Home > Social Media > Twitter Subpoenaed by U.S. Government for Wikileaks Accounts

Twitter Subpoenaed by U.S. Government for Wikileaks Accounts

The U.S. government has asked Twitter to hand over private messages sent to and from WikiLeaks founder Julian Assange and other WikiLeaks staffers.

In all likelihood, it’s also contacting other web services Assange may have used to get contact details and personal information about Assage’s activities and supporters.

According to a report just filed by The New York Times, Twitter (Twitter) has been subpoenaed by the U.S. government in connection to the ongoing WikiLeaks (Wikileaks) investigation.

Twitter, like most web companies, has a “spy guide,” documents pertaining to compliance with request from governments and law enforcement into criminal investigations. These requests are supposed to be accompanied by subpoenas or warrants.

According to Twitter’s specific guide [PDF], “In accordance with our Privacy Policy and Terms of Service, non-public information about Twitter users is not released unless we have received a subpoena, court order or other legal process document.” Such requests would only be valid if sent by law enforcement.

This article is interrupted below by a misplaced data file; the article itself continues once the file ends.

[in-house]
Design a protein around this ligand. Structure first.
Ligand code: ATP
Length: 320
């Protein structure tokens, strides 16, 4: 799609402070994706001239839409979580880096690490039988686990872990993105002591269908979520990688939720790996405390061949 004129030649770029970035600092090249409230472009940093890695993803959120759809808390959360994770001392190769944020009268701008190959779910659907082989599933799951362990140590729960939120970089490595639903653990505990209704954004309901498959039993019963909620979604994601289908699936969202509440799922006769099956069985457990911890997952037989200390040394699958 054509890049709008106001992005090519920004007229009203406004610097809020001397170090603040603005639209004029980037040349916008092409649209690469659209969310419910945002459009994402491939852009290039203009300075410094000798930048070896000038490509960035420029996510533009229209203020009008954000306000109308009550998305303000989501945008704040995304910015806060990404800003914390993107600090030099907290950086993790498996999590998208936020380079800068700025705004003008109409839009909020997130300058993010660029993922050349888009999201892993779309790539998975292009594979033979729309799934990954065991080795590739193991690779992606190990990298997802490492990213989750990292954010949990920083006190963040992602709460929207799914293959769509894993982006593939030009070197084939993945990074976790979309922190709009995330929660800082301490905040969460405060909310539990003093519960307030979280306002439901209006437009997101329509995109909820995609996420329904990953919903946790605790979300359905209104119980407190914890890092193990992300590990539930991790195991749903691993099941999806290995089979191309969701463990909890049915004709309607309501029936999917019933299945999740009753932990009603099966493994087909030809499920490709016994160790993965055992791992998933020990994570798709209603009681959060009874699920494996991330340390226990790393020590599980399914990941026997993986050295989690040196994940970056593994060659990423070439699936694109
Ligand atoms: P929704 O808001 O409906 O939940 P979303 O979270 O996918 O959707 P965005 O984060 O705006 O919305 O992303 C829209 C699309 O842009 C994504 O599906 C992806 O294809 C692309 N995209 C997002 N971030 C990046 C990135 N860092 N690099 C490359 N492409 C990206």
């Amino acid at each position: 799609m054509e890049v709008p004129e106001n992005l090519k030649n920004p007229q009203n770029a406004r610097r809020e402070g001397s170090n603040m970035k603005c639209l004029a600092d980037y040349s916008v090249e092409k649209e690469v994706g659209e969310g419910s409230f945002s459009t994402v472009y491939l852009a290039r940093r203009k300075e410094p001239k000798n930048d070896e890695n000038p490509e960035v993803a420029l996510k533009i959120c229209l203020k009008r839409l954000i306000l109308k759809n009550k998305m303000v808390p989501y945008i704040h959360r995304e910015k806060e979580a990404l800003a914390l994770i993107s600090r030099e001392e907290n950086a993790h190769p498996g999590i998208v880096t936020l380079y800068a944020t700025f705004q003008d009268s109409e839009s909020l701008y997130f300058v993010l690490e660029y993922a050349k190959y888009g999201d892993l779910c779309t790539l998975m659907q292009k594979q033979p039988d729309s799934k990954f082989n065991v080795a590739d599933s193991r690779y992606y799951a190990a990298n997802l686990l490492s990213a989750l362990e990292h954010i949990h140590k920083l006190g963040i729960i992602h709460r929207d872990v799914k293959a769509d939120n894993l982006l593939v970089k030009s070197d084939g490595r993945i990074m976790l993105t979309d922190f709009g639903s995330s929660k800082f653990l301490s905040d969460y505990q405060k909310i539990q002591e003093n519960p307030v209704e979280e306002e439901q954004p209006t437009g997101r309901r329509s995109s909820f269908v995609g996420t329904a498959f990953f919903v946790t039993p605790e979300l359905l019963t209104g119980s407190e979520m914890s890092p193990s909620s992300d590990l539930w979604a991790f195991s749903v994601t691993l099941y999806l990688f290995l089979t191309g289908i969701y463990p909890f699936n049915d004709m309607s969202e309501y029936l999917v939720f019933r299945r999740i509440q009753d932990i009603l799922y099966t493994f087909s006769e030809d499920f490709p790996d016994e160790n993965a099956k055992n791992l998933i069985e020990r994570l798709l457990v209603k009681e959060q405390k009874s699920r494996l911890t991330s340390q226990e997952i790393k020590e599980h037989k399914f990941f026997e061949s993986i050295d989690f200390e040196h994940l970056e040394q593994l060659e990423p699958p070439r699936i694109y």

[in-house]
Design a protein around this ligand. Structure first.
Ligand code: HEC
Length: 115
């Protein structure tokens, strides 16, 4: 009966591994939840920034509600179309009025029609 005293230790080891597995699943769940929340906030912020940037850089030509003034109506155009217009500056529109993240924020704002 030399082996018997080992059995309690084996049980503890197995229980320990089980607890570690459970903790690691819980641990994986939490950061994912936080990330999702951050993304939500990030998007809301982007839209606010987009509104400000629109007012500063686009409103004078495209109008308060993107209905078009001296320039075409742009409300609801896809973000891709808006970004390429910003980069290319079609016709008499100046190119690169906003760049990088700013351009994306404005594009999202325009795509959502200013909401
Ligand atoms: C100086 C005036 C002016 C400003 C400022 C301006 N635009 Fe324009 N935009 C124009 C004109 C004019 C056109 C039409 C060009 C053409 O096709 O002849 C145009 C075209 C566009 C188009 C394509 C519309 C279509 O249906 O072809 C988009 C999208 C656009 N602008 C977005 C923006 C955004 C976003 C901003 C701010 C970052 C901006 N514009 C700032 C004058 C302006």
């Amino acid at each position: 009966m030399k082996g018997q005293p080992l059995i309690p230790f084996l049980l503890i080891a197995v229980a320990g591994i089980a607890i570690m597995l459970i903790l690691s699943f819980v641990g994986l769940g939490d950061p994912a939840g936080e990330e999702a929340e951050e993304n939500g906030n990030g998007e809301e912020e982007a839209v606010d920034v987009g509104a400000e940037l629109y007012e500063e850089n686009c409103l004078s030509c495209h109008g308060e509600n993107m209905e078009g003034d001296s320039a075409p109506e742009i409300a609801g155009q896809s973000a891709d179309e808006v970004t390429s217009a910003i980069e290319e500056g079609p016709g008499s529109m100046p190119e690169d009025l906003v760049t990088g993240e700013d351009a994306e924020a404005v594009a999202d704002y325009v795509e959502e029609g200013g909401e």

In this particular case, every indication would point to the speedy release of Assange’s direct messages and other data to the U.S. government.

A court order [PDF] was sent to Twitter by the Department of Justice on Decemer 14, 2010. Stating that information held by Twitter was “relevant and material” to the WikiLeaks investigation, the district court ordered the startup to hand over:

  • session times and connection records
  • telephone numbers
  • credit card information
  • e-mail and IP addresses
  • correspondence and notes of record

The court ordered Twitter to surrender the above information for accounts belonging to Assange, WikiLeaks, Pfc. Bradley Manning (widely suspected to be the original source responsible for transfering cables to WikiLeaks), and several WikiLeaks associates and volunteers, including Birgitta Jonsdottir, Rop Gongrijp, and San Francisco-based programmer Jacob Appelbaum.

Google (Google) and other web and social media services all have the same kinds of spy guide documents governing compliance; we’d be shocked if Twitter was the only company that got a WikiLeaks-related court order to surrender information. And we’re pretty sure other services have much more sensitive information on Assange et al.

We’ll continue to keep you updated as this story develops.

Source: Mashable

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  1. jim
    April 16, 2011 at 6:20 pm

    Am writing a thesis on Public Trust in WikiLeaks, the Media and the Government and need to know what your opinions are. The online survey is multiple choice and will take approximately 10 minutes to complete. Please follow the link: http://www.kwiksurveys.com/?s=ILLLML_9669e09d

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